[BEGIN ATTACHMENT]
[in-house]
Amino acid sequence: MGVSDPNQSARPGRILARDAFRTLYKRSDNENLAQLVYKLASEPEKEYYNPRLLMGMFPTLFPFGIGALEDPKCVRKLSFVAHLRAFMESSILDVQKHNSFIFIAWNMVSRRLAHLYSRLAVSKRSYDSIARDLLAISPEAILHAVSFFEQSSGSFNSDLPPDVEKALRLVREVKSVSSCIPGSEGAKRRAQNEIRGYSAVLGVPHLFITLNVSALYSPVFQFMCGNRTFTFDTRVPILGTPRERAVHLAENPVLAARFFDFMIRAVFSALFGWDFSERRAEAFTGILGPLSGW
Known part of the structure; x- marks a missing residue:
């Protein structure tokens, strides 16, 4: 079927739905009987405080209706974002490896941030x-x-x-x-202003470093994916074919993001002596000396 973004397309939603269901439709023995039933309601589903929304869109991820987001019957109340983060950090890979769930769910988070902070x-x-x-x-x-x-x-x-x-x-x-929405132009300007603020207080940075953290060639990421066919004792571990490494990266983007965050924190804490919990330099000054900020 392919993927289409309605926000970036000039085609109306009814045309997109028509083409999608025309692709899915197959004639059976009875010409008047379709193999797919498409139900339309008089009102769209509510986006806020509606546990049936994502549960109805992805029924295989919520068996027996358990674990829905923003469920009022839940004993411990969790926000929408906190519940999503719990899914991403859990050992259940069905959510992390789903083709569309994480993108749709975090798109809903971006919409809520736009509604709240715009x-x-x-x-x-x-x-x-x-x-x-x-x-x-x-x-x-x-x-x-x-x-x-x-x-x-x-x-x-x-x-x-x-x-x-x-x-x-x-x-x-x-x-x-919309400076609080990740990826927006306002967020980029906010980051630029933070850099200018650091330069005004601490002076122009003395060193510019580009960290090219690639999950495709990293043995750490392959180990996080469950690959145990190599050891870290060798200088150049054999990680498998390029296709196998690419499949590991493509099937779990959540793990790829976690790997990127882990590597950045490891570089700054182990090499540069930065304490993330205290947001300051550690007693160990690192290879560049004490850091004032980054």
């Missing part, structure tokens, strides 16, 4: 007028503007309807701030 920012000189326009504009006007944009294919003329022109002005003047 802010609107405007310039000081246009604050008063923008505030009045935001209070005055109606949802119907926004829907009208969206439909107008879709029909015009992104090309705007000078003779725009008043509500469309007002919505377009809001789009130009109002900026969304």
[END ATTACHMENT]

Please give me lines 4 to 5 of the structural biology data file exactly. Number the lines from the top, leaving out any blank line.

């Protein structure tokens, strides 16, 4: 079927739905009987405080209706974002490896941030x-x-x-x-202003470093994916074919993001002596000396 973004397309939603269901439709023995039933309601589903929304869109991820987001019957109340983060950090890979769930769910988070902070x-x-x-x-x-x-x-x-x-x-x-929405132009300007603020207080940075953290060639990421066919004792571990490494990266983007965050924190804490919990330099000054900020 392919993927289409309605926000970036000039085609109306009814045309997109028509083409999608025309692709899915197959004639059976009875010409008047379709193999797919498409139900339309008089009102769209509510986006806020509606546990049936994502549960109805992805029924295989919520068996027996358990674990829905923003469920009022839940004993411990969790926000929408906190519940999503719990899914991403859990050992259940069905959510992390789903083709569309994480993108749709975090798109809903971006919409809520736009509604709240715009x-x-x-x-x-x-x-x-x-x-x-x-x-x-x-x-x-x-x-x-x-x-x-x-x-x-x-x-x-x-x-x-x-x-x-x-x-x-x-x-x-x-x-x-919309400076609080990740990826927006306002967020980029906010980051630029933070850099200018650091330069005004601490002076122009003395060193510019580009960290090219690639999950495709990293043995750490392959180990996080469950690959145990190599050891870290060798200088150049054999990680498998390029296709196998690419499949590991493509099937779990959540793990790829976690790997990127882990590597950045490891570089700054182990090499540069930065304490993330205290947001300051550690007693160990690192290879560049004490850091004032980054």
């Missing part, structure tokens, strides 16, 4: 007028503007309807701030 920012000189326009504009006007944009294919003329022109002005003047 802010609107405007310039000081246009604050008063923008505030009045935001209070005055109606949802119907926004829907009208969206439909107008879709029909015009992104090309705007000078003779725009008043509500469309007002919505377009809001789009130009109002900026969304």